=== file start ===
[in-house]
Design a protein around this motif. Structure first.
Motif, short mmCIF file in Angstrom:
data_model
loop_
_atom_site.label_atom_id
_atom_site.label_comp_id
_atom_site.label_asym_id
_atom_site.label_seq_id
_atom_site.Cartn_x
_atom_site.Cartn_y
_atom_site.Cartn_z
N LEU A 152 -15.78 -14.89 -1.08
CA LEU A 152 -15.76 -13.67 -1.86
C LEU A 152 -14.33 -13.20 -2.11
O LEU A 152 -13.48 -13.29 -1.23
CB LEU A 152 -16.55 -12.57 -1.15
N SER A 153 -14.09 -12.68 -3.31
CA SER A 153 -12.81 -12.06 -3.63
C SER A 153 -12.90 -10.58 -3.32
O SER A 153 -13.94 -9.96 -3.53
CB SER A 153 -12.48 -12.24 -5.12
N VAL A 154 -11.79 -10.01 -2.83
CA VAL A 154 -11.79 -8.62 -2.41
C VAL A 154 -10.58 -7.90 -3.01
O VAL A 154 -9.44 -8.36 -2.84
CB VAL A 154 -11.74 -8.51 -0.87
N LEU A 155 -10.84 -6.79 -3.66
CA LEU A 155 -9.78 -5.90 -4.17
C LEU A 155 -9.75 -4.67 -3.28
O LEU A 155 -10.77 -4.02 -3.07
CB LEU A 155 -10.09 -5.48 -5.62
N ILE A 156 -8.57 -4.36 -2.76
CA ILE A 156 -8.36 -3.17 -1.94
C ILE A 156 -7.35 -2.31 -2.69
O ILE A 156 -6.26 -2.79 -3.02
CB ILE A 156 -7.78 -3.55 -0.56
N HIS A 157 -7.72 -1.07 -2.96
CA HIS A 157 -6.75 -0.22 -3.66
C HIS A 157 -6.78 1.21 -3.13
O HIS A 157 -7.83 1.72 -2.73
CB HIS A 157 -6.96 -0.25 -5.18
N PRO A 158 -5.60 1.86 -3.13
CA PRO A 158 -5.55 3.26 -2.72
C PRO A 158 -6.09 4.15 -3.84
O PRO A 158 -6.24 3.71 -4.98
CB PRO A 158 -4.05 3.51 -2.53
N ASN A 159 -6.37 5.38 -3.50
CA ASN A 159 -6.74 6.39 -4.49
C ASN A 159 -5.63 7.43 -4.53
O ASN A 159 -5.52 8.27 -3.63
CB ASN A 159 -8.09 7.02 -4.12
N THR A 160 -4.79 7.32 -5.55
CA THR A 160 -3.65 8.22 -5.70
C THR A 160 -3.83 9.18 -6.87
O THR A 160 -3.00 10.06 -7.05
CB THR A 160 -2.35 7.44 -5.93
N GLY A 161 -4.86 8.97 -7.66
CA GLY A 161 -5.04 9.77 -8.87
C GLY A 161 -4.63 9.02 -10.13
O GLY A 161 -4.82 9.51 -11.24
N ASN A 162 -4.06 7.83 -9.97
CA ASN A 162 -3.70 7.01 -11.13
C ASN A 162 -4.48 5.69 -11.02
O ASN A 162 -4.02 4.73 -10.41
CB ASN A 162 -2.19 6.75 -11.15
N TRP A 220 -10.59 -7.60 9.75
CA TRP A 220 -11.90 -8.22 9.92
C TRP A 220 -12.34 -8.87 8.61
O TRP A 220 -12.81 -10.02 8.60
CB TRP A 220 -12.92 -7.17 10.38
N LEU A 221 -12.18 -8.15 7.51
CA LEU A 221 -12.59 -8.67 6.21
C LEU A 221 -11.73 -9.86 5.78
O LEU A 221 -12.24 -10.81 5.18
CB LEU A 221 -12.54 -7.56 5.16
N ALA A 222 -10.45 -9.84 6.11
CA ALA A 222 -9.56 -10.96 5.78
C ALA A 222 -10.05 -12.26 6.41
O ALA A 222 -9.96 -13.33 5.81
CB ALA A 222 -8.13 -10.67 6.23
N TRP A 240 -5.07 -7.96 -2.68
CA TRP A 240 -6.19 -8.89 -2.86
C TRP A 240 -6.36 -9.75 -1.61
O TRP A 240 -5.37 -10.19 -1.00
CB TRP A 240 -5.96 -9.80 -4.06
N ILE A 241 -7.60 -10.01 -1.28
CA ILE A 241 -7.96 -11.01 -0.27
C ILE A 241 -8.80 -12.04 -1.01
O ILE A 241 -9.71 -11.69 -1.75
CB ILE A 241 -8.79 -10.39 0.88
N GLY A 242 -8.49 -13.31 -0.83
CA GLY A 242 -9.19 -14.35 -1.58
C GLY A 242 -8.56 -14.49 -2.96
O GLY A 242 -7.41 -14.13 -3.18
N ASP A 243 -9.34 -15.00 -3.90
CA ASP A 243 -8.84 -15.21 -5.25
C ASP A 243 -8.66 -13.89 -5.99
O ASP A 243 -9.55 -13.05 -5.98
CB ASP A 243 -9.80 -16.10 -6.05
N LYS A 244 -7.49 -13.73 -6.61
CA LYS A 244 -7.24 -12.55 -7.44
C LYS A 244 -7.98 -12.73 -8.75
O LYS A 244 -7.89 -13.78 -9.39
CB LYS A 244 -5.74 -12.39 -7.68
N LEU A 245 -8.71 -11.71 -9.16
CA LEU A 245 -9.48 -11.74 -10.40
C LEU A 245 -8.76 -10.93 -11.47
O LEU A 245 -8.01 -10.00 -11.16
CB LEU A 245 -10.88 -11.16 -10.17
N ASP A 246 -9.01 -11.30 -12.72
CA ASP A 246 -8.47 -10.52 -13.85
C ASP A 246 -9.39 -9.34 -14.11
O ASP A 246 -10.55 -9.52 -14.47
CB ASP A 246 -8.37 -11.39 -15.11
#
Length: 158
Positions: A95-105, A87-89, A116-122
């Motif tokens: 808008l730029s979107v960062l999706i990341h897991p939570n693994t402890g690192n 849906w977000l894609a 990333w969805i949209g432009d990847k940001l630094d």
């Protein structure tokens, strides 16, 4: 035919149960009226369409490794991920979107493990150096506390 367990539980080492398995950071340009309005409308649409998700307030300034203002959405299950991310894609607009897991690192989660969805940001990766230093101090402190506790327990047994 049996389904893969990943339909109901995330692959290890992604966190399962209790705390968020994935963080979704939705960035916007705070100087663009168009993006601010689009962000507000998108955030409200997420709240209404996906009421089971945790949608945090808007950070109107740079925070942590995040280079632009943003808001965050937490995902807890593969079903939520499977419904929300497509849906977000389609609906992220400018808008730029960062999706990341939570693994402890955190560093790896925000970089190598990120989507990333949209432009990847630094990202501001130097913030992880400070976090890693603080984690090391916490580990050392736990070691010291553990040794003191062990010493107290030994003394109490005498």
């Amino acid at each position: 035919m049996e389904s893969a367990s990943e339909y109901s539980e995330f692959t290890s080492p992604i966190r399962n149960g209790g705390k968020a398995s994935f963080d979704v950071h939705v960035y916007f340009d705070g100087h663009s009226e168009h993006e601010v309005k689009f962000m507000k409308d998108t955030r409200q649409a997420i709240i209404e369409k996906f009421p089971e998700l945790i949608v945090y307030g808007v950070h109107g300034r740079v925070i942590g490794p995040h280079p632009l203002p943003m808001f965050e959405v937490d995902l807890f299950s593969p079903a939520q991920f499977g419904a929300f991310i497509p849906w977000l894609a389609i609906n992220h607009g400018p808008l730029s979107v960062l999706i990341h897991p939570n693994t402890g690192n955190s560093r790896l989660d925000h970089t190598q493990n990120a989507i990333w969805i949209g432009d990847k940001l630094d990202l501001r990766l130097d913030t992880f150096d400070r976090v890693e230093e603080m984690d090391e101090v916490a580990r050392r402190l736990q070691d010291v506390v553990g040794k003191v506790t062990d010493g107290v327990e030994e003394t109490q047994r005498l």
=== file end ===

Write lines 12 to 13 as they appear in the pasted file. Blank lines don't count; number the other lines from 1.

_atom_site.Cartn_z
N LEU A 152 -15.78 -14.89 -1.08